Aside from formal negotiations, Member States, in coordination with the ASEAN Secretariat and partners, organised side events on the fringes of the official meetings. These events allowed participants to engage dynamically with Parties and other stakeholders for networking, capacity building, knowledge exchange, and the exploration of workable solutions for advancing climate action. Participants from all around the world were enthusiastic about the wide range of issues discussed at the ASEAN Member States’ Pavilion at the UNFCCC COP-27. The discussions included financing and investment for haze-free sustainable land management in ASEAN (Malaysia’s Pavilion), climate community-based action in Southeast Asia (Indonesia’s Pavilion), and Strengthening transparency efforts in Monitoring, Reporting, and Verification (MRV) of Greenhouse Gas (GHG) emissions in the ASEAN Region (Singapore’s Pavilion). 


The ASEAN Climate Finance Strategy

To enhance and accelerate the flow of climate finance in the ASEAN region, ASEAN is jointly developing the ASEAN Climate Finance Strategy/Climate Finance Access and Mobilization Strategy for ASEAN Member States in collaboration with the UNFCCC Regional Collaboration Centre Bangkok. This strategy is being developed in accordance with Article 9 of the Paris Agreement to improve ASEAN access to climate finance and catalyse climate finance and investment for the implementation of priority mitigation and adaptation actions based on needs identified by the Member States. 

The ASEAN Climate Finance Strategy includes strategic areas of collaborative action among countries ranging from capacity building to diversification and innovation, policy harmonisation, and transparency and integrity. It is expected to result in lower GHG emissions and increased climate resilience of the ASEAN community through the production of bankable national and regional climate change projects. The strategy, which is ahead of its time, will enhance support to address loss and damage resulting from the adverse effects of climate change in the region through the new loss and damage fund.

From the standpoint of international negotiations on loss and damage and its breakthrough funding mechanism, ASEAN must seize the opportunity to advance its efforts toward fostering climate-resilient sustainable development and comply with recent developments in international climate agenda. The imminent release of the ASEAN Climate Finance Strategy is anticipated to be the primary avenue through which the Member States and their partners can increase regional access to climate funds, including for addressing the concerns of loss and damage associated with the adverse effect of climate change. 

Through a coordinated implementation of the strategy, ASEAN could increase its capacity and understanding in the discussion of loss and damage. This could be achieved by (i) improving knowledge and understanding of comprehensive risk management approaches to address loss and damage; (ii) fostering communication, coordination, coherence, and synergies among relevant stakeholders; and (iii) fostering action and support, including financial, technological, and capacitybuilding resources, in line with the Warsaw International Mechanism for Loss and Damage. The improved access to climate finance for ASEAN will then propel the region closer to meeting the countries’ climate goals and strengthening Southeast Asian communities’ resilience to climate change. ASEAN also continues to be dedicated to addressing issues pertaining to loss and damage from the harmful effects of climate change through (i) the creation of regional initiatives, such as policy dialogues and negotiation trainings related to loss and damage, and (ii) the preparation of the ASEAN Joint Statement on Climate Change to UNFCCC COP-28 under Indonesia’s ASEAN chairmanship, allowing ASEAN to engage in global discussions on loss and damage.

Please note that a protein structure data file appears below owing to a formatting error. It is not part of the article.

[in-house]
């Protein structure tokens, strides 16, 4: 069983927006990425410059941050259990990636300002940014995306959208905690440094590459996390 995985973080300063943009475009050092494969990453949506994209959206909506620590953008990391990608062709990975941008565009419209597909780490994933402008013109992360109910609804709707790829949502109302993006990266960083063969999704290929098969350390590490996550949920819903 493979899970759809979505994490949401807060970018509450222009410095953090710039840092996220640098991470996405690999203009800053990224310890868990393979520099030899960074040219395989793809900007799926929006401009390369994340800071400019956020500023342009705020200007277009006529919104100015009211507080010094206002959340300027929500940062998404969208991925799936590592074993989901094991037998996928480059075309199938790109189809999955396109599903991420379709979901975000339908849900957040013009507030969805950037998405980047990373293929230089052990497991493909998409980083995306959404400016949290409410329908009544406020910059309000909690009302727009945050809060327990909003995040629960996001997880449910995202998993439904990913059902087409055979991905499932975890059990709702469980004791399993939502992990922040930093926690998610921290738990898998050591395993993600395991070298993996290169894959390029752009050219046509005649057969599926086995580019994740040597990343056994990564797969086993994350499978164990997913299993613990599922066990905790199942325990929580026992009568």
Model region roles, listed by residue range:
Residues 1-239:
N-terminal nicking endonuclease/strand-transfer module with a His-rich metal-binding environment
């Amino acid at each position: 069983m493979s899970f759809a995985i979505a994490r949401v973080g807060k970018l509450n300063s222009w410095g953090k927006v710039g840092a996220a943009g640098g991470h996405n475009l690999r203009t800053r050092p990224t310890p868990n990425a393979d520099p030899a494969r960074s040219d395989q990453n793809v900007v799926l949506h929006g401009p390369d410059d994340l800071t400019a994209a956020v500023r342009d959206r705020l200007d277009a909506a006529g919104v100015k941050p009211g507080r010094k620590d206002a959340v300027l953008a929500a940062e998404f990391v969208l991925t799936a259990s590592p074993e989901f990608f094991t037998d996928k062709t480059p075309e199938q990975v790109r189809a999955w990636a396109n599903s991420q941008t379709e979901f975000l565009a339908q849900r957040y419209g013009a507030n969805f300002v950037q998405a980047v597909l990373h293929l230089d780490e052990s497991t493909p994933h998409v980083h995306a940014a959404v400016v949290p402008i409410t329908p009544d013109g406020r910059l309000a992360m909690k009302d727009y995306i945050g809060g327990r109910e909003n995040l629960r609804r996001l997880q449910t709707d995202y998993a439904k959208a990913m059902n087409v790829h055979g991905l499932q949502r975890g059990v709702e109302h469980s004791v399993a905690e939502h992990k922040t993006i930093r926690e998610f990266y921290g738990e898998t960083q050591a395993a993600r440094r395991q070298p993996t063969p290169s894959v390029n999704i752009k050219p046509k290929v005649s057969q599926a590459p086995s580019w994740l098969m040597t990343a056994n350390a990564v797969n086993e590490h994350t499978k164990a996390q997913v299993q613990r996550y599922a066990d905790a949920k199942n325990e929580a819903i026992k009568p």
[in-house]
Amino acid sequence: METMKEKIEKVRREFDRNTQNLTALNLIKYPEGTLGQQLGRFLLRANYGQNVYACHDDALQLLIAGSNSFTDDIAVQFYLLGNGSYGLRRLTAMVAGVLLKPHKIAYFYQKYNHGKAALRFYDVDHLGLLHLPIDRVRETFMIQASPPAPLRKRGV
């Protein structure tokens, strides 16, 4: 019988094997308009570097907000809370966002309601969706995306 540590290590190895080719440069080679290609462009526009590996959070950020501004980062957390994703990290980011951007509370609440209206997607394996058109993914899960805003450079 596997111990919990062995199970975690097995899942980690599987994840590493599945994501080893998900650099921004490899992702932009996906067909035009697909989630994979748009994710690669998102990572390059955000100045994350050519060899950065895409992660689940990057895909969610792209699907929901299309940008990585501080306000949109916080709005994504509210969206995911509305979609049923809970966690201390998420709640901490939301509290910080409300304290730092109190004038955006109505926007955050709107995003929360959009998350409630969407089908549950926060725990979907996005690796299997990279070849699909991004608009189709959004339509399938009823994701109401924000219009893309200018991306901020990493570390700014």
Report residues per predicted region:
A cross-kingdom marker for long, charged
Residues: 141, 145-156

Figure 2. Climate finance flows in the ASEAN region

Prospects for ASEAN and Member States

In light of ongoing discussions on the establishment of the loss and damage financing mechanism for the timely and equitable distribution of funds to developing countries and ASEAN’s vulnerable communities, the following recommendations are proposed:

i. At the regional level, ASEAN must continue to engage

a. ASEAN may recommend to the UNFCCC Committee on loss and damage to develop clear guidelines for identifying and quantifying loss and damage for local, cities, sector and national level. 

b. ASEAN may recommend to the UNFCCC Committee of the loss and damage to consider diversifying and decentralising the loss and damage mechanisms to local and regional organisations such as ASEAN to promptly respond to emergencies and loss and damage priorities in the region (e.g. ASEAN loss and damage funds). 

c. ASEAN shall develop manuals and tools for identifying and quantifying loss and damage, and prioritisation of regional and national assessment of vulnerability and loss and damage, as well as development of a database and capacities of relevant stakeholders on loss and damage.

ii. Individual nation states must be prepared

a. They must join the discussion on the establishment of loss and damage fund disbursement mechanisms to enable affected communities access the loss and damage fund and noneconomic support measures.

b. They must build the capacity of relevant agencies, local governments, cities and communities to identify, quantify, report, and communicate information on loss and damage at each respective scale for consolidation at the national level, and for loss-damage support (both market and nonmarket support).

c. They must design and establish a suitable platform for engagement and coordination of stakeholders for the exchange of knowledge, data and information on loss and damage.

The complete list of references is available at the following link: